Federal court rejects 'transparent ploy' by Price ANNE ARUNDEL COUNTY

August 10, 1993|By Carol L. Bowers | Carol L. Bowers,Staff Writer

A federal court refused yesterday to hear arguments that Ronald Walter Price's efforts to keep secret the contents of his sex-with-students movie contract have anything to do with the First Amendment, saying the case should not have been filed there in the first place.

In unusually strong language, U.S. District Judge Frederic N. Smalkin called the effort to get the case moved to federal court "a transparent ploy" to delay action and threatened to fine the former Northeast High teacher's lawyers $2,500. They have 10 days to explain why they should not be sanctioned.

Declaring the filing was "completely unwarranted," Judge Smalkin also ordered Jonathan Resnick and Timothy Umbreit, Mr. Price's lawyers, to pay any fees and court costs incurred by Maryland's attorney general.

Judge Smalkin then sent the case back to Anne Arundel Circuit Court, where Judge Eugene M. Lerner is expected to rule today.

"Although the court is sensitive of the need for a neutral federal forum when appropriate, it will not tolerate abuse of the removal statute," Judge Smalkin wrote, referring to a law that would allow the federal court to intervene.

Maryland Attorney General J. Joseph Curran Jr. has been trying for more than a month to review the contract to determine whether Mr. Price, charged in April with three counts of child sex abuse, would profit from his alleged crimes.

Under Maryland's "Son of Sam law" -- nicknamed for a New York serial killer of the 1970s -- it is illegal for someone accused of a crime to profit from selling the movie or book rights to his or her story.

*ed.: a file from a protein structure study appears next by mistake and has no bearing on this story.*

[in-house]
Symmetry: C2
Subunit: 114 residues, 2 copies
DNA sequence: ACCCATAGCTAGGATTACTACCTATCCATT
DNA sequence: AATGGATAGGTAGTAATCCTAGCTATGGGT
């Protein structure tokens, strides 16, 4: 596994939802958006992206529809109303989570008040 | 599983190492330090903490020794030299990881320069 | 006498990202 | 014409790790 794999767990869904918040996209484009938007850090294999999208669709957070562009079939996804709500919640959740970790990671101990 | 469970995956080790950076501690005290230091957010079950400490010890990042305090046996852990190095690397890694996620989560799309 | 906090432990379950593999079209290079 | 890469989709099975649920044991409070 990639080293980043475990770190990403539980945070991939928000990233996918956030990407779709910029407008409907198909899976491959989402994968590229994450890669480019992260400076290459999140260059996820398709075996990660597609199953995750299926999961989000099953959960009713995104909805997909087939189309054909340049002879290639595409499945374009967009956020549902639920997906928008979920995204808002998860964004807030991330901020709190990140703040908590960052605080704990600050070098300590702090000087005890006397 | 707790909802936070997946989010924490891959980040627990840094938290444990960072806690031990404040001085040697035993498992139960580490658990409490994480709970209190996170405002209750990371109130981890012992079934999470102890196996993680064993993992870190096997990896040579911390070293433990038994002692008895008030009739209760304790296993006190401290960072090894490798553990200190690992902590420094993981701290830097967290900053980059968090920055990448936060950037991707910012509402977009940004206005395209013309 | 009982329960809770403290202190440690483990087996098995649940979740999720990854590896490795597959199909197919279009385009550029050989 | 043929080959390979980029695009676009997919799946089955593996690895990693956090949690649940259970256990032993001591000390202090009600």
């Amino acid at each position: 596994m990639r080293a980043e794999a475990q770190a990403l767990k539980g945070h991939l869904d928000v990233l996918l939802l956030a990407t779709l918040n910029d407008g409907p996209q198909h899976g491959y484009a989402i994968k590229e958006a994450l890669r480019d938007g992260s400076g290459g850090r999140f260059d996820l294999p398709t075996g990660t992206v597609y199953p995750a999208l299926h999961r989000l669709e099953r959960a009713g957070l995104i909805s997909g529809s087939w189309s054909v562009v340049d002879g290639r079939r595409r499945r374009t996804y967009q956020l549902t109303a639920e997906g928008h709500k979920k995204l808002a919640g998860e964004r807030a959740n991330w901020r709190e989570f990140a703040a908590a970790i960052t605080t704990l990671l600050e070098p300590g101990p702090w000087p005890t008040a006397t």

Mr. Price's lawyers have contended that turning over the movie contract would violate their client's First Amendment right to free speech.

"This case is going to end up in the Supreme Court," said Mr. Resnick. "I still feel the case belongs in federal court. What occurred doesn't change anything. It's the first step along the way."

But Mr. Curran said the issue didn't involve the First Amendment at all.

"We're not trying to deny anyone any right to free speech," he said. "It's an issue of whether Maryland can enforce a law that deals with making sure the profits of a crime do not go to the person charged with committing the crime."

Mr. Curran wants to put any profits in escrow for Mr. Price's alleged victims.

Three young women, including a 16-year-old, stepped forward this spring to press charges against the former social studies teacher, each saying she had had an affair with him.

When he was arrested April 8, Mr. Price admitted having a sexual relationship with the 16-year-old, then told national television audiences watching "Geraldo!" and "A Current Affair" that he had had sexual relationships with eight students over a 20-year period.

Two graduates then stepped forward to say they had had relationships with Mr. Price while students at the Pasadena high school.

Mr. Price has pleaded insanity to two counts of child sex abuse, but not guilty to a third. His trial is set for Sept. 7.

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